Philistines will react to the recent work of Lee Kit (李傑) in a predictable way: That’s not art, you might hear them say. Or, that looks like my living room. But these superficial responses to Not Swinging (沒有擺動), his five-part onsite installation currently on view at Project Fulfill Art Space, miss the mark. Lee says the exhibition’s title refers to the mood change that occurs within the first few minutes after you arrive home and flick on the light. Entering the gallery space, which has been reconfigured as a homey environment, presumably allows the viewer to experience this emotional transition.
Lee, a Hong Kong native who represents the city at this year’s Venice Biennial (which ends Nov. 24), and who calls Taipei his second home, assembles diverse media to create the gallery-size installation that he says is rooted in the minutiae of his own experiences. Similar to his Venice installation, Not Swinging incorporates found objects, ready-mades, bric-a-brac, furniture, music and lighting to create a dialogue amongst these disparate elements. In so doing, Lee also seeks to evoke memories and associations in the viewer’s mind, the quotidian serving as a trigger for the imagination, where entering the tangible space of the gallery enables viewers to be transported into their own imaginary domestic bliss.
Yet it’s the very quotidian nature of the objects displayed that creates a somewhat sterile environment, making it difficult for them to evoke any form of personalized experience for the viewer. And unlike the Venice installation, which was housed in a structure that resembles more the interior of Taipei’s older apartment buildings than Project Fulfill’s swanky space. This made it difficult for this reviewer to suspend his judgment long enough to allow for that spark of imagination necessary to transport him to that emotional state that feelings of domesticity can inspire.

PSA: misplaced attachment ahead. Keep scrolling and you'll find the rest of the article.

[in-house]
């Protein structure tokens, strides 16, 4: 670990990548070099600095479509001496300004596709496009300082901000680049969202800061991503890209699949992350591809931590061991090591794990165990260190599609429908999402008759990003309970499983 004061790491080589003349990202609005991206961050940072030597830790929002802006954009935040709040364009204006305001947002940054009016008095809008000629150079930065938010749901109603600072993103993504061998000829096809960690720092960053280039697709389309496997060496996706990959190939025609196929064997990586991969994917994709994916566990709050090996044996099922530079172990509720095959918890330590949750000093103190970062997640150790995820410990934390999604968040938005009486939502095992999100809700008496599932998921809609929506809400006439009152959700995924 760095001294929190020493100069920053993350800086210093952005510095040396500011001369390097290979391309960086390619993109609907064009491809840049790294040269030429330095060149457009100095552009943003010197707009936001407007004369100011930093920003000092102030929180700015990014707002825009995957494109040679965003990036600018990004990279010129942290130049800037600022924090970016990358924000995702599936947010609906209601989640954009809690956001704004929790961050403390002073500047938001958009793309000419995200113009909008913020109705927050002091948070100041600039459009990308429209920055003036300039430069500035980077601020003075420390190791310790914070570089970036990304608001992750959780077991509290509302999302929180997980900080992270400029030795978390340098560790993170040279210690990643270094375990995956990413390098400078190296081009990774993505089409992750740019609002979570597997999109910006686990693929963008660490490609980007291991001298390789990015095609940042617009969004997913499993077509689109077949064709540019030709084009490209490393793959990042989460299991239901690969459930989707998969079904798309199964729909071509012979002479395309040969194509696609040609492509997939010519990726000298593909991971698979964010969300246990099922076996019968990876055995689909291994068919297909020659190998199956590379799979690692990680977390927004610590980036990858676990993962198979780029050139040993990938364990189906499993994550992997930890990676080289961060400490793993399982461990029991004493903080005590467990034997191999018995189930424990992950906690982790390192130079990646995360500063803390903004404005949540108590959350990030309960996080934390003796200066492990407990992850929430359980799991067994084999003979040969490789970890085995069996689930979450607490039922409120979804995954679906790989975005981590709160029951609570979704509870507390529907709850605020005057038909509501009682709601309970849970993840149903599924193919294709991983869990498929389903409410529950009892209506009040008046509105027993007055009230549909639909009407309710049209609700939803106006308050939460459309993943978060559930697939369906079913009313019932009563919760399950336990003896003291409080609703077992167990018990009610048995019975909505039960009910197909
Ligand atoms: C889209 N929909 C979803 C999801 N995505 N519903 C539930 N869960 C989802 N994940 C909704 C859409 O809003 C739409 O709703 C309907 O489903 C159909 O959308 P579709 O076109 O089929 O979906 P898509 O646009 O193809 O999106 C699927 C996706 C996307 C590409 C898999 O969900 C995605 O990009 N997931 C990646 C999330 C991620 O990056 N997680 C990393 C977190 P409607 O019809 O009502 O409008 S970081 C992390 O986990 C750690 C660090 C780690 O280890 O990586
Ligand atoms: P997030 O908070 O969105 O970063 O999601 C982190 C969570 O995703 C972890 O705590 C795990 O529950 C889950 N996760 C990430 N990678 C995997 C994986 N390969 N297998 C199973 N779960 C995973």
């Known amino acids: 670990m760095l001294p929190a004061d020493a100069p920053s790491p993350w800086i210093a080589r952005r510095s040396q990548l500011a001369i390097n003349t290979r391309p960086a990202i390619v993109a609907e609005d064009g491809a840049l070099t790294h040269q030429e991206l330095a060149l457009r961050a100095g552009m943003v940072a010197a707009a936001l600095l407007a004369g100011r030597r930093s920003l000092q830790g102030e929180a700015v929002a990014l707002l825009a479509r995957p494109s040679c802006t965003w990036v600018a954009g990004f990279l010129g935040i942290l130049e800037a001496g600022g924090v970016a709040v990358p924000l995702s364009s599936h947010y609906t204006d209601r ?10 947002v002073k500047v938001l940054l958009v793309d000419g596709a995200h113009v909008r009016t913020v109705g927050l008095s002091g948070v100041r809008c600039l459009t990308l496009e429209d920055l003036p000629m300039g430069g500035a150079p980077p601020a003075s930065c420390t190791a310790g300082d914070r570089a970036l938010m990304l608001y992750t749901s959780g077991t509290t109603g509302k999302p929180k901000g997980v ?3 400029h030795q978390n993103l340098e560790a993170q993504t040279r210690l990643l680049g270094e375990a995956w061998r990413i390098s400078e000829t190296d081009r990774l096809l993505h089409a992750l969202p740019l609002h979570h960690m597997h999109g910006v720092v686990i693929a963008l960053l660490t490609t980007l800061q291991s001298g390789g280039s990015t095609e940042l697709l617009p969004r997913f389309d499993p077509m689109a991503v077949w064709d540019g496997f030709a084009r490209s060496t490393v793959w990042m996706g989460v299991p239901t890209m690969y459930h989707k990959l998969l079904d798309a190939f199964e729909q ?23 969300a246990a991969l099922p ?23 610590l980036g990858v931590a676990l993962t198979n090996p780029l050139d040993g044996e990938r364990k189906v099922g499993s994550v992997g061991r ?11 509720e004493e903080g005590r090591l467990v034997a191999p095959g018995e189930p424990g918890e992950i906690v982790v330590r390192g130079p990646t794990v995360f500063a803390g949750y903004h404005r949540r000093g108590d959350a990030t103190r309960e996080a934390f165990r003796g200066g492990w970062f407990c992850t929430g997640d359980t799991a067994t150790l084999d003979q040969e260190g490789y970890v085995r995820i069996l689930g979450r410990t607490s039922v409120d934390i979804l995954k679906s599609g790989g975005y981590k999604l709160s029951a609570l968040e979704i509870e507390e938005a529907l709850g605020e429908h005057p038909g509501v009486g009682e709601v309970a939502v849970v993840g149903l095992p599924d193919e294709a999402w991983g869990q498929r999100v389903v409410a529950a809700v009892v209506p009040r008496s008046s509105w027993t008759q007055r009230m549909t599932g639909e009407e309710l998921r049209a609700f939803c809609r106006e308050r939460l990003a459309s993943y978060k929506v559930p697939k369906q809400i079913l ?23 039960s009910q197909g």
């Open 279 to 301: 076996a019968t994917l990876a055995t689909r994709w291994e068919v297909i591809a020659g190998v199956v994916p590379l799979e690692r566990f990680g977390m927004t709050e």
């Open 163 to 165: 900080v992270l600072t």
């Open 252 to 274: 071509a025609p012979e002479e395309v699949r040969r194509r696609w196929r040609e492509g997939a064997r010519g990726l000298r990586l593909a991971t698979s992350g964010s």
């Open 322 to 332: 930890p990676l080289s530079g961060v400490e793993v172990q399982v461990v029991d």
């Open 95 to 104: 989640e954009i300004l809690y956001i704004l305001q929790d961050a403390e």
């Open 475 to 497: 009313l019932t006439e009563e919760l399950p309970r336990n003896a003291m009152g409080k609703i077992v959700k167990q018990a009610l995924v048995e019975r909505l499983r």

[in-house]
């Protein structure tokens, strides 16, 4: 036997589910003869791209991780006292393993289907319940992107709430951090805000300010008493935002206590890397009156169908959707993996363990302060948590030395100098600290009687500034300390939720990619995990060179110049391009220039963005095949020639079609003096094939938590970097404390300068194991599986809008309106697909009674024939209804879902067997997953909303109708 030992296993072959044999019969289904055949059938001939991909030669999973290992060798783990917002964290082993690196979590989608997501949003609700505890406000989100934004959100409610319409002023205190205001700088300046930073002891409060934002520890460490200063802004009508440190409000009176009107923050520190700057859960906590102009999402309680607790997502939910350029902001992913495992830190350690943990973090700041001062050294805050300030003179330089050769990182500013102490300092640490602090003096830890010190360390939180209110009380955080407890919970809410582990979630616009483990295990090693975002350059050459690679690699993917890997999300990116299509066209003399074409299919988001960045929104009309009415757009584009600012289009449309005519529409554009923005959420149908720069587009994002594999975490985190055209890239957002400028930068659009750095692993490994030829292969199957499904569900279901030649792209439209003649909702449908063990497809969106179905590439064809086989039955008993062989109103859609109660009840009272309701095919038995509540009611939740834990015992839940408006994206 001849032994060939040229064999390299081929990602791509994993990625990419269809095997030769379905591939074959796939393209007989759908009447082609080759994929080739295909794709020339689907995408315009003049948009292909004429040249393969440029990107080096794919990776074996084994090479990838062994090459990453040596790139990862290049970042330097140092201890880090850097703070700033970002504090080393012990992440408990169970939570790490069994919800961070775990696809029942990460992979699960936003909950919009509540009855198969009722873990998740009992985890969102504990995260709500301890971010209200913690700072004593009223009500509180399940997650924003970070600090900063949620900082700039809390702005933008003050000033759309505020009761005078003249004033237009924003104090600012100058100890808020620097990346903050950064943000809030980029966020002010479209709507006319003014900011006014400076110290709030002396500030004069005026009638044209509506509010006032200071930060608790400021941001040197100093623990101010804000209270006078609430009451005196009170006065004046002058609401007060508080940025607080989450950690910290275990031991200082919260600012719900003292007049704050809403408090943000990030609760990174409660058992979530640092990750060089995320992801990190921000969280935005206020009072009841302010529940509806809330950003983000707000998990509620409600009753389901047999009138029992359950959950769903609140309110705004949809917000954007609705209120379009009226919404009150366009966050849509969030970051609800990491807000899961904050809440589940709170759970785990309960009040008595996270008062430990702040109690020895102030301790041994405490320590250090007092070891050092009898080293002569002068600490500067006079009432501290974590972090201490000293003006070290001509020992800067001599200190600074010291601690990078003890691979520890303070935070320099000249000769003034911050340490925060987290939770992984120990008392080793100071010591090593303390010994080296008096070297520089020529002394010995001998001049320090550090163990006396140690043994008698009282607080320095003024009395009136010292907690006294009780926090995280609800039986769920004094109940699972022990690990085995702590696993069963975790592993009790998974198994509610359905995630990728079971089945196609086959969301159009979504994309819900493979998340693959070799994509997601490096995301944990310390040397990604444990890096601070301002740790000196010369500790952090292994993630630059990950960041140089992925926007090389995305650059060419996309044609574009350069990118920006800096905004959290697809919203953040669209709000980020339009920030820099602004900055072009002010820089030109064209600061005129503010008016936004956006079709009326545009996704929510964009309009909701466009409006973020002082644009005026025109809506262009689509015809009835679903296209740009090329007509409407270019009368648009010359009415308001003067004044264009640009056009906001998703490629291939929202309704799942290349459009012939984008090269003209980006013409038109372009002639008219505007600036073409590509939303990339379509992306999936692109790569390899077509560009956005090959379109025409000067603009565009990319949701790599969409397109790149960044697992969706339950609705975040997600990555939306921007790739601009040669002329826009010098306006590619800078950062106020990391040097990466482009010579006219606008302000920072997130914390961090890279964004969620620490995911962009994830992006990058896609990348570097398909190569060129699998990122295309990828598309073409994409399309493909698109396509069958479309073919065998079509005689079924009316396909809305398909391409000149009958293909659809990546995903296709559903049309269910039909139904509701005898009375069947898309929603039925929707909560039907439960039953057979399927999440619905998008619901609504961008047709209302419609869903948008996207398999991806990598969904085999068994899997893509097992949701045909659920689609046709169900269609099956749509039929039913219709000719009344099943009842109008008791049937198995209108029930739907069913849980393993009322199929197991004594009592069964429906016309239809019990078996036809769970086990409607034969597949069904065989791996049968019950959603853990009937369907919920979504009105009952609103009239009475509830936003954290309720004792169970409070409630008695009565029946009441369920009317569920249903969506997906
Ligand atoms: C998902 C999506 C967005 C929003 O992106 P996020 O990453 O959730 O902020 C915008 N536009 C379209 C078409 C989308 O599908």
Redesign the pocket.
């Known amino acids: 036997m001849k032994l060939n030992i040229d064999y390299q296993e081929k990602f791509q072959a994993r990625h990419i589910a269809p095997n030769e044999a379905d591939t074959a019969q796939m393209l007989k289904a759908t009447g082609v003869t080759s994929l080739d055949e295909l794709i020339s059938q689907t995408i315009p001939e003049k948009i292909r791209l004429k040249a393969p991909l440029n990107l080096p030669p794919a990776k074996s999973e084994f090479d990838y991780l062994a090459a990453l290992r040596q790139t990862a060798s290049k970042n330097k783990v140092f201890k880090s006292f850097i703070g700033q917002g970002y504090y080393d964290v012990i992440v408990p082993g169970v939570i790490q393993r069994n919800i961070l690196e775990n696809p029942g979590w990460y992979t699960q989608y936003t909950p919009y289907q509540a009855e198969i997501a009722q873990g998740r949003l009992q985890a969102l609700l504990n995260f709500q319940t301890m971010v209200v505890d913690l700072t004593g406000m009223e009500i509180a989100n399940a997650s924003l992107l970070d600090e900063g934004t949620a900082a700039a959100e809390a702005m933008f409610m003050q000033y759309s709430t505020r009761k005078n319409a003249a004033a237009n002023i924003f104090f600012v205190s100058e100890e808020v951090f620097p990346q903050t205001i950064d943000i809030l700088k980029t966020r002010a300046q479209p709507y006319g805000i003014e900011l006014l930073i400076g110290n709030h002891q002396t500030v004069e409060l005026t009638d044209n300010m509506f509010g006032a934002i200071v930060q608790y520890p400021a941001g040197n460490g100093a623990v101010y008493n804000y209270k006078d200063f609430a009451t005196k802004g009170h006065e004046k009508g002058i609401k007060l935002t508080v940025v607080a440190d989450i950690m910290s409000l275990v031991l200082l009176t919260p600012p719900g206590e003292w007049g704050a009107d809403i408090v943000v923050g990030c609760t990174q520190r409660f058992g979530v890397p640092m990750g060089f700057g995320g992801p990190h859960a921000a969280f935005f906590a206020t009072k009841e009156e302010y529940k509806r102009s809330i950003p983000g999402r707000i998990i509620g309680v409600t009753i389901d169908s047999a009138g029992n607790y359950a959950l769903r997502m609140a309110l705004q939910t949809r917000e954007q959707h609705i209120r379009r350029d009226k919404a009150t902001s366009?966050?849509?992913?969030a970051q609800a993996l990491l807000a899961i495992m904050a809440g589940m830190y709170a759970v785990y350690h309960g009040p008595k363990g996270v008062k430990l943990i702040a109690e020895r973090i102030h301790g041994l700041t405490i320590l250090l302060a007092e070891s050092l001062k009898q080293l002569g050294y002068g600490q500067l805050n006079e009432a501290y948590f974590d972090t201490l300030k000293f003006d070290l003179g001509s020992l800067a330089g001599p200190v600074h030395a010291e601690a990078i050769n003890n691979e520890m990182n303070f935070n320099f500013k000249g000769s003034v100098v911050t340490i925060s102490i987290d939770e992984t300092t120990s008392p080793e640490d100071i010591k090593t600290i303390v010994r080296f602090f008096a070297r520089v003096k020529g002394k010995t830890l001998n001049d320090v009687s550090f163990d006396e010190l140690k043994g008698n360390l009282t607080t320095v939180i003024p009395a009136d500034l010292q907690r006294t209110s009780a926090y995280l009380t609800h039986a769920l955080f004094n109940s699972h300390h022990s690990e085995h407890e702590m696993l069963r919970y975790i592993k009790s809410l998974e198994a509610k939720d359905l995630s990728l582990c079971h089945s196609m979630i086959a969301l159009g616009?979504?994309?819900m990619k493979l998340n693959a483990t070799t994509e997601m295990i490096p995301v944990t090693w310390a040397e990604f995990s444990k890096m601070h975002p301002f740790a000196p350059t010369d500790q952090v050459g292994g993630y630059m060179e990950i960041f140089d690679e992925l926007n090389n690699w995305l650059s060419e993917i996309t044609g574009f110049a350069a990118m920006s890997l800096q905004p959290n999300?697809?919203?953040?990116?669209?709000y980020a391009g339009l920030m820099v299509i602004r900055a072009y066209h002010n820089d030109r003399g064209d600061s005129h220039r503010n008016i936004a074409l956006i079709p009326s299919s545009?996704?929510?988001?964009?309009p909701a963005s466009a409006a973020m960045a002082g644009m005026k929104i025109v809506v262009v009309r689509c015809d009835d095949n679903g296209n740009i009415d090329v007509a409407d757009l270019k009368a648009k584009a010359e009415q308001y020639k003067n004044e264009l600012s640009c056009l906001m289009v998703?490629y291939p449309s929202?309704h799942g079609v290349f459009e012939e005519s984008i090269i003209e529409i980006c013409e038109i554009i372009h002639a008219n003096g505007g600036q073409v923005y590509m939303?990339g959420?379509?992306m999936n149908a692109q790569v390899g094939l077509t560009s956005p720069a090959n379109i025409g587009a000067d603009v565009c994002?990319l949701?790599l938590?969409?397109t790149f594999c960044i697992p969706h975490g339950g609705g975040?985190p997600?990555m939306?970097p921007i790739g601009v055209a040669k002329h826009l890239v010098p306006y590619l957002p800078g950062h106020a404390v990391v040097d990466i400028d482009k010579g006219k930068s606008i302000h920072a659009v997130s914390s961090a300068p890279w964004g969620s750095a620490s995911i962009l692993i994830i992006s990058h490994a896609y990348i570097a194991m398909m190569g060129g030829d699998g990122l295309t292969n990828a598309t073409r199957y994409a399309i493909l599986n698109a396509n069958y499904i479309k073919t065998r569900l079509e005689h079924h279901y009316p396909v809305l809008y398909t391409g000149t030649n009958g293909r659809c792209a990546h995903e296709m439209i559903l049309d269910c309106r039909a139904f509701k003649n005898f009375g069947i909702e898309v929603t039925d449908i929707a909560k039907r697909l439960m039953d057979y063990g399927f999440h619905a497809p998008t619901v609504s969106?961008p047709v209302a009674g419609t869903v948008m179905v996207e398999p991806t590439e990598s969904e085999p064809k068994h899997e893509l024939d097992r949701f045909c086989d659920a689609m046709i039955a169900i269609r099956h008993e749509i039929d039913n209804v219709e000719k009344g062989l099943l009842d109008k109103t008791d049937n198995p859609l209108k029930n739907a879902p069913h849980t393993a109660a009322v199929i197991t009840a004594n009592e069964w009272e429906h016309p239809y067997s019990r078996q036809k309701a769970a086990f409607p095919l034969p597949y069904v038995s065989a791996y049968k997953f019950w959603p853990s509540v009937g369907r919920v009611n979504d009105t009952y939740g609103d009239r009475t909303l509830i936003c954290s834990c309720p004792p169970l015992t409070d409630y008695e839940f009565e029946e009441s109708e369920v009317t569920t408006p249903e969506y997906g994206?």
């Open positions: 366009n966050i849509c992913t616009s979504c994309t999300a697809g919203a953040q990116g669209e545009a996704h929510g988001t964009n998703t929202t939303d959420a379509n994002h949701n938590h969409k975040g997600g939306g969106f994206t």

In a phone interview yesterday with the Taipei Times, hours before he jetted off to Switzerland for a talk, Lee said the installation reflects his sense of dislocation due to constant travel. “I rarely stay in one place for longer than two weeks,” he says. The installation, then, is a response to an existence that is to a large degree marked by impersonal and repetitive environments that have made up the artist’s life over the past two years, ones that leave him longing for that personal space called home.
Still, he quips, “I like hotel rooms.”
Perhaps hotels and other public/private spaces have become Lee’s domestic frame of reference. Regardless, though he may be on the road most of the time, this exhibition suggests that he remains preoccupied with the idea of home, wherever and whatever that may be.
■ Project Fulfill Art Space (就在藝術空間), 2, Alley 45, Ln 147, Xinyi Rd Sec 3, Taipei City (台北市信義路三段147巷45弄2號), tel: (02) 2707-6942. Open Tuesdays to Sundays from 1pm to 7pm. On the Net: www.pfarts.com
■ Until Sept. 29